Historic Manassas Inc. Executive Director Debbie Haight accepted the Outstanding Business award for CenterFuse Coworking.  Years in the making and the first in historic downtown Manassas, CenterFuse is both an incubator and co-working space that provides new and emerging businesses with an environment that will support their start-up phase and increase the likelihood of success.  It functions as a for-profit business, but was created by and is under the auspice of Historic Manassas Inc., a 501(c)3 nonprofit corporation and pioneer of the local Main Street program.

CenterFuse focuses on science and technology while cultivating other compatible businesses in the district.  The facility offers flexible leases, shared-use, and common office equipment, direct business assistance, mentoring, networking and access to capital.  The 3,800 square foot space includes a mix of offices, dedicated workstations, and open space for networking.  It also provides a roster of entrepreneurship education and mentorship programs, among others.

Since opening in May 2017, the incubator is seeing steady growth in the participating startup’s business development who will soon be ready to expand or move into vacancies downtown. While rising businesses are in the space, they contribute to an entrepreneurial culture in downtown and to the economic vitality of other local businesses and residential properties.

Congratulations Historic Manassas Inc. and CenterFuse Coworking!

To learn more >>>

Incubators: Hatching Ideas into Businesses

Many new entrepreneurs find the process of growing their business as a lonely trek that takes more work than anticipated. Over the past few years, business incubators have helped these entrepreneurs grow and scale their businesses by providing support such as office space, training, mentorship, networking and even financing, in some cases.

Incubators can be sponsored by several types of organizations including nonprofit corporations, for-profit ventures and academic institutions. The idea of most incubators is to help businesses grow and “graduate” out of the incubator and into their own space within one or two years.

Some of the benefits to entrepreneurs are:

1. Helping fledgling companies save on operating costs. The shared facility allows clients to share in the overhead costs associated with business operations. Incubators may also help link businesses to capital, whether that is venture capital or other financing vehicles.

2. Providing a mentorship program that pairs an entrepreneur with an established executive with experience to help guide them through the start-up phase of their operation. This experience can help entrepreneurs avoid some of the pitfalls associated with their new endeavor.

3. The clients within an incubator can also develop relationships with other entrepreneurs, and the networking that comes from those relationships can be invaluable to their business. They can provide encouragement to each other and help solve problems.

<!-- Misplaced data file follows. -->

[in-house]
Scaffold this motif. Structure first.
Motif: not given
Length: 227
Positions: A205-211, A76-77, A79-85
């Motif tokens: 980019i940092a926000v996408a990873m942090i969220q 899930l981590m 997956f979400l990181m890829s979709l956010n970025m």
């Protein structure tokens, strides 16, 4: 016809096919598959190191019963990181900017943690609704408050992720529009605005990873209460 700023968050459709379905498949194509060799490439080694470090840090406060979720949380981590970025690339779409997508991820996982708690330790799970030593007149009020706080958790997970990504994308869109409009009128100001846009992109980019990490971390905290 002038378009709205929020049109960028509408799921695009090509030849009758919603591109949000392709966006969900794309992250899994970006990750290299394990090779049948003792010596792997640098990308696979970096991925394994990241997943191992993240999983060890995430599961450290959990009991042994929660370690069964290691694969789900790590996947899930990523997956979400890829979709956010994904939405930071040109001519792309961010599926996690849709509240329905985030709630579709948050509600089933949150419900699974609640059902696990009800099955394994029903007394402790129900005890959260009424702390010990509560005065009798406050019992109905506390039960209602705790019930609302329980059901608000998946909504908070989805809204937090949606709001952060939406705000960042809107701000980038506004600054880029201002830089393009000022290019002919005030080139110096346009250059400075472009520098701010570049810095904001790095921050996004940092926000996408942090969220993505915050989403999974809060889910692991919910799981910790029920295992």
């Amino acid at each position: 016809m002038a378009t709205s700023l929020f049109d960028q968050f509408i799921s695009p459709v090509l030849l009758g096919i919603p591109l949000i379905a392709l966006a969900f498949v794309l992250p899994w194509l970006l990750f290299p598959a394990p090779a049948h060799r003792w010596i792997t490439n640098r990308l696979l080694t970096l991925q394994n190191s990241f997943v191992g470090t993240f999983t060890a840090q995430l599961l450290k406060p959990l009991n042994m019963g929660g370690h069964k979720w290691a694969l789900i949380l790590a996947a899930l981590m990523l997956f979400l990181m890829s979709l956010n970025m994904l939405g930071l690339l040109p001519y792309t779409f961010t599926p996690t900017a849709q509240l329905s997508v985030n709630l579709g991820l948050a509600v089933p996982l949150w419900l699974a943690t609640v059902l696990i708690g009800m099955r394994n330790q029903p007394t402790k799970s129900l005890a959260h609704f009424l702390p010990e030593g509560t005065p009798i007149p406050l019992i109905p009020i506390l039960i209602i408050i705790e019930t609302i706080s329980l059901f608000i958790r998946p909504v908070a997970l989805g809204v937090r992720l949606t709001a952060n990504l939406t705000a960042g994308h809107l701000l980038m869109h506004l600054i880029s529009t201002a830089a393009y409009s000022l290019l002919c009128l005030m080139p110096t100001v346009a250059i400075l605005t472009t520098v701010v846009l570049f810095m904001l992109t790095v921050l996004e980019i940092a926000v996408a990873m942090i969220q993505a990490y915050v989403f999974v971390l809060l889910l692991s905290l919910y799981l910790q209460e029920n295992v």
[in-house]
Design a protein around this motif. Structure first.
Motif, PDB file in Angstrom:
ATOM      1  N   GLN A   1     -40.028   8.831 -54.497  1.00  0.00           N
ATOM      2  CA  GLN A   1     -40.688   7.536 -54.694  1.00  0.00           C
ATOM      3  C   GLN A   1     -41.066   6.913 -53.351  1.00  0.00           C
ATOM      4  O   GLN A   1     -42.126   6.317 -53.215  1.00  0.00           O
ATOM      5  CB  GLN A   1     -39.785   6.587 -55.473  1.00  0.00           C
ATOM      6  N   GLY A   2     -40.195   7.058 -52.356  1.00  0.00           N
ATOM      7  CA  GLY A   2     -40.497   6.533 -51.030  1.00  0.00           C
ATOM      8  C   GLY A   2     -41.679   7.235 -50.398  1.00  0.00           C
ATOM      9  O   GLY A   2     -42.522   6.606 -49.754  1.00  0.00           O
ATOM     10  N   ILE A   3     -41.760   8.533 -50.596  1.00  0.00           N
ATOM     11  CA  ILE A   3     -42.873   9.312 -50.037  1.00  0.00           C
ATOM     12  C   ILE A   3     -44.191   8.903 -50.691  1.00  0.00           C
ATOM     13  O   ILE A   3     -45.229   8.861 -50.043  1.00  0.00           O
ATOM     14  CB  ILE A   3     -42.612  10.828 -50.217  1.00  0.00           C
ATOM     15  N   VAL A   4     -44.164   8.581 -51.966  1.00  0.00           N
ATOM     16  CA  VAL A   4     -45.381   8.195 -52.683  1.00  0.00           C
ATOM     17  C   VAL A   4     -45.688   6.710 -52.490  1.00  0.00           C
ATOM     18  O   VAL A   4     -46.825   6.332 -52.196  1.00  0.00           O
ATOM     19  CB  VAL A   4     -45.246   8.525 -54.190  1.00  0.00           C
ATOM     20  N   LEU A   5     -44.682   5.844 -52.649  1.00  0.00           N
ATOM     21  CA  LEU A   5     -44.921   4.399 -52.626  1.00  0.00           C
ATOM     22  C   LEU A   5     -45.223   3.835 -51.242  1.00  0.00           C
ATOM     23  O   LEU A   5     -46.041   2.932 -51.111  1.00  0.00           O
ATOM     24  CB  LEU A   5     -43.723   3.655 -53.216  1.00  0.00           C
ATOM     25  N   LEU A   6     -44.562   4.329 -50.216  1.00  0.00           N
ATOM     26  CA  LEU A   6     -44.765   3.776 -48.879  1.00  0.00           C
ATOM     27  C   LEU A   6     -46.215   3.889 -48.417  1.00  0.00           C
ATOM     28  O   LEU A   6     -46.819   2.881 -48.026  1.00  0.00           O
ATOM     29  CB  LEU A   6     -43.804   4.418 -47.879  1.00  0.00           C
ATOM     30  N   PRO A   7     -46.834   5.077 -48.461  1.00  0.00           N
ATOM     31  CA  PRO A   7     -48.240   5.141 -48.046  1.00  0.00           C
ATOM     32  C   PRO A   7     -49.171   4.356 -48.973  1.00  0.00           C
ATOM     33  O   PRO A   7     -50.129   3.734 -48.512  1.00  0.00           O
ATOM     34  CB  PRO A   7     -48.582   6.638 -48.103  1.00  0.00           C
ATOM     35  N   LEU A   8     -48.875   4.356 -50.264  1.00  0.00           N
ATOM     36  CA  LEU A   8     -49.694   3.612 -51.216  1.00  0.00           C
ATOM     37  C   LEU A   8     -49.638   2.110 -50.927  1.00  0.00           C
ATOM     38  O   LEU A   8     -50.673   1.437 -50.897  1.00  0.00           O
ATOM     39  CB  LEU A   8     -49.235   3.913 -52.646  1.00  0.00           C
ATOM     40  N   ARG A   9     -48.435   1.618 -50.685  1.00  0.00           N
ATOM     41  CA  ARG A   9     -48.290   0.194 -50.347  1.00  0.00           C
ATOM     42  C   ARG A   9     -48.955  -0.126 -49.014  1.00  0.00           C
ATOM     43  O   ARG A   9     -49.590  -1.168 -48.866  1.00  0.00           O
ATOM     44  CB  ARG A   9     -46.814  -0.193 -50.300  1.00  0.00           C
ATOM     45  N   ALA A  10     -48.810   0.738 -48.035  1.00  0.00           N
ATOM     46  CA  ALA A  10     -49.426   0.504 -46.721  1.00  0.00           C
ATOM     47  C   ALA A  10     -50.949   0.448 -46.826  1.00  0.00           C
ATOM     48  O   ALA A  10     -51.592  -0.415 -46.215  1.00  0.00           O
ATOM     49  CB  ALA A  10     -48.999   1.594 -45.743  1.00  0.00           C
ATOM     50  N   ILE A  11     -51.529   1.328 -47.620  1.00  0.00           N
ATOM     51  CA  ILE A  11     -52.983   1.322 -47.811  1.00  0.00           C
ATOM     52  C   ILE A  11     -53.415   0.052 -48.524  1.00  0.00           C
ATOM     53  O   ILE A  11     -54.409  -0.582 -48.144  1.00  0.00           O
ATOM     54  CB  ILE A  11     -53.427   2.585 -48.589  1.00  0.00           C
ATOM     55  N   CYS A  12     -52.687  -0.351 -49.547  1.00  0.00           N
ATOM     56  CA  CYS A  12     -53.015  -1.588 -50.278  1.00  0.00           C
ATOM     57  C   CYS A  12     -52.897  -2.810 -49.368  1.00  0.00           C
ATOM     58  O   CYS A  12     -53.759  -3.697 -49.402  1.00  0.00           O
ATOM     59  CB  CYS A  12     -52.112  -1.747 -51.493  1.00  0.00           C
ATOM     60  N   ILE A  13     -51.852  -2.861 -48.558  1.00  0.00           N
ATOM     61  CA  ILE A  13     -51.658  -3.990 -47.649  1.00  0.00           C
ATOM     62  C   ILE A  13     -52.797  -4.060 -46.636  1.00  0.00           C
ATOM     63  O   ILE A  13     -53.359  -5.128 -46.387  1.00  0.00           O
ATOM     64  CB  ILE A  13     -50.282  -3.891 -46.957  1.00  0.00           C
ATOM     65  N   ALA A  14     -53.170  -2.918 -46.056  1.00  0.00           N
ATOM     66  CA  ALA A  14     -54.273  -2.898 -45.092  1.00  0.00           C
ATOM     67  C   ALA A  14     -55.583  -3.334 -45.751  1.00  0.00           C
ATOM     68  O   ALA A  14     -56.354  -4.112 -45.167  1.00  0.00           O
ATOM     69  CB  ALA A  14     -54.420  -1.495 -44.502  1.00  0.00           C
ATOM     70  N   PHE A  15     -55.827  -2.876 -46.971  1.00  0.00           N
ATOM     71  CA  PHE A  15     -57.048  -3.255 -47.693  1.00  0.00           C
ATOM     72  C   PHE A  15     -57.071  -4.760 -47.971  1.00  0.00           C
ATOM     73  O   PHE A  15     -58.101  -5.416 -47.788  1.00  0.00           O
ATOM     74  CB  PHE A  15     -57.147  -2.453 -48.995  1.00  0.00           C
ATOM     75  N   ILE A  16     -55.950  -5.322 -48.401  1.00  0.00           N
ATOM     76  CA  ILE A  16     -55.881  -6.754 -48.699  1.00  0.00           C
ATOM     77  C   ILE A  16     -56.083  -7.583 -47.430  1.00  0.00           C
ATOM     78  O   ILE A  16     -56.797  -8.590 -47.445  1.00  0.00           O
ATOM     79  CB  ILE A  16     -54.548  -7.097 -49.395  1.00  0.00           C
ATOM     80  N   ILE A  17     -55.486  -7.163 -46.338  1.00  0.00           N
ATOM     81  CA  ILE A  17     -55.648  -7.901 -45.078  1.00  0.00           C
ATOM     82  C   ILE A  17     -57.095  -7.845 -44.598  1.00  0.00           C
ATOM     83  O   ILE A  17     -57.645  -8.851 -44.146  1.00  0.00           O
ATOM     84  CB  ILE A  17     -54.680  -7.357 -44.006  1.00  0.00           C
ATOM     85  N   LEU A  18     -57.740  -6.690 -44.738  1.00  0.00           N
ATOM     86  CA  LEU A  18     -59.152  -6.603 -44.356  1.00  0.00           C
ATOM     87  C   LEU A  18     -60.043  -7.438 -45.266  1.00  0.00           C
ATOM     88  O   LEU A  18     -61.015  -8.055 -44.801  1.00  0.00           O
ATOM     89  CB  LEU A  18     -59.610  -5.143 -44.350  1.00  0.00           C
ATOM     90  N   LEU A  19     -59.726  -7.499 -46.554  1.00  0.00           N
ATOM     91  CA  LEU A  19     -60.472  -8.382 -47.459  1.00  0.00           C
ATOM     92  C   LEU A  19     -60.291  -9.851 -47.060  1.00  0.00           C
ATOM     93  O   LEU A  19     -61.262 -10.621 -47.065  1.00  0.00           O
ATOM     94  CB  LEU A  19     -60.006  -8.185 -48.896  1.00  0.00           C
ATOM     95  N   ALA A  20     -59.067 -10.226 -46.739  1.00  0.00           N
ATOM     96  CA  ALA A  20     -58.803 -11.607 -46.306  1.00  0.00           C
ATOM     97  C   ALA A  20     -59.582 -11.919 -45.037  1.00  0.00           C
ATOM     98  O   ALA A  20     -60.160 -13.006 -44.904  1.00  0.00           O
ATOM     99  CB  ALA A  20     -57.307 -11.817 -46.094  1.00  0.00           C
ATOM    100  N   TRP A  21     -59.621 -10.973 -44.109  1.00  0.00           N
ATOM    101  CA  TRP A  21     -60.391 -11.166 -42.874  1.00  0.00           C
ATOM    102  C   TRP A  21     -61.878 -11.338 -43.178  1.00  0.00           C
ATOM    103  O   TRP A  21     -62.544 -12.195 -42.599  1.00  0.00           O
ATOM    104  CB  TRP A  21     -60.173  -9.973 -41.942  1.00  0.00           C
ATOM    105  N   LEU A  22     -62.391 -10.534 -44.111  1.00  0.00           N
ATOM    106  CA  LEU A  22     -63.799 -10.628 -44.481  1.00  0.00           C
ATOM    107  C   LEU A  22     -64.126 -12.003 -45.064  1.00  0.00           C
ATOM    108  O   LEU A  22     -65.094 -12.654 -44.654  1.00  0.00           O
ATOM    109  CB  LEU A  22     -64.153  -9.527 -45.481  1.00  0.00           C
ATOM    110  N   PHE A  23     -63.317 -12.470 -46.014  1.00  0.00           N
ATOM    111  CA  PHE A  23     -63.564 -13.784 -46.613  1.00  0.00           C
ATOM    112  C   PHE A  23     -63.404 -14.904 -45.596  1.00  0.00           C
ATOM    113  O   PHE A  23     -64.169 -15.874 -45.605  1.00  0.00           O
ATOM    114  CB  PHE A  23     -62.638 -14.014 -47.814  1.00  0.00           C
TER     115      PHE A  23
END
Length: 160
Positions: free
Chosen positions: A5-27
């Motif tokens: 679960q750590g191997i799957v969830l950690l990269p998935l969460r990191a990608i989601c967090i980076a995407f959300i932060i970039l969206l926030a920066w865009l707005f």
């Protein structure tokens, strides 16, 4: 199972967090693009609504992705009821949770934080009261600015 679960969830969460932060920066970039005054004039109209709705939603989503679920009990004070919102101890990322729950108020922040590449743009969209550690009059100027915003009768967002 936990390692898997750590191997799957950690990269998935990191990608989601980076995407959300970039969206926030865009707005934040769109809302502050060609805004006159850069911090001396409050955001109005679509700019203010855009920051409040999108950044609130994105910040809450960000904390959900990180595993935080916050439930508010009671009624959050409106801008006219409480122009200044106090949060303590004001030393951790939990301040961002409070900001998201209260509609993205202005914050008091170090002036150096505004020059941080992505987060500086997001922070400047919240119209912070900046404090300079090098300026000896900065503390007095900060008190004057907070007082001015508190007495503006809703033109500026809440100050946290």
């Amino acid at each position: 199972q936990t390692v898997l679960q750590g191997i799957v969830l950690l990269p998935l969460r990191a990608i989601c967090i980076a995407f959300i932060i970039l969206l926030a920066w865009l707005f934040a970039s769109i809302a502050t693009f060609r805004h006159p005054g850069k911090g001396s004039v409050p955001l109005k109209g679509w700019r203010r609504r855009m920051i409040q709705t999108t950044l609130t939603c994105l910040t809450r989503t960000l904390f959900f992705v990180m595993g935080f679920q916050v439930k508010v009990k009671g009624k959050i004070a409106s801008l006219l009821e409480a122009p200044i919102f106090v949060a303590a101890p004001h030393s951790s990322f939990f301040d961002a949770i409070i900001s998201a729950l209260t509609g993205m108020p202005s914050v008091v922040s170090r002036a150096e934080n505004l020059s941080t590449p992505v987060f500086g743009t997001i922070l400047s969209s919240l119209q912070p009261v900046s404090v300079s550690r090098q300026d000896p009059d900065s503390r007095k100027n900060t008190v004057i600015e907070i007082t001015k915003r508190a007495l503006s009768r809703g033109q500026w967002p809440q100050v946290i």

Incubators benefit communities by helping new businesses prosper, which can lead to stable jobs for locals. Many new entrepreneurs will stay in the community and grow, filling vacant spaces and providing a lasting impact.

The Virginia Business Incubation Association is a good resource to learn more about incubators and what is available in your locality, as well as information and events geared toward the support of entrepreneurs in Virginia.

Experiences that Bring Customers Back!

We’ve heard from several communities across the commonwealth that improving downtown hospitality is a high priority in making their downtowns a destination! With help from the Virginia Tourism Corporation, DHCD has put together a series of 20 workshops across the state called Delivering Memorable Experiences Downtown, which aims to strengthen business hospitality to provide an experience that creates return customers and positive and proactive word-of-mouth.

Delivering the workshop is Virginia Tech associate professor and author, Dr. Vincent Magnini, who was recently ranked one of the top 12 most prolific hospitality researchers worldwide. Dr. Magnini has published six books and more than 150 articles and reports. His projects typically include destination marketing plans, economic impact analyses, feasibility studies and visitor satisfaction tracking. Before his career in academia, Dr. Magnini worked on management teams at Marriott, Hyatt and Hilton Garden branded hotels in the Mid-Atlantic and Midwestern regions of the U.S.

This training is designed specifically for business owners – restaurant, retail, service – there is something for everyone. Learn how to generate good buzz for your businesses!

Sign up for a workshop near you! Contact Jessica Hupp at Jessica.hupp@dhcd.virginia.gov or 804-371-7121 to register. Do not wait to reserve your seat for these one-time events!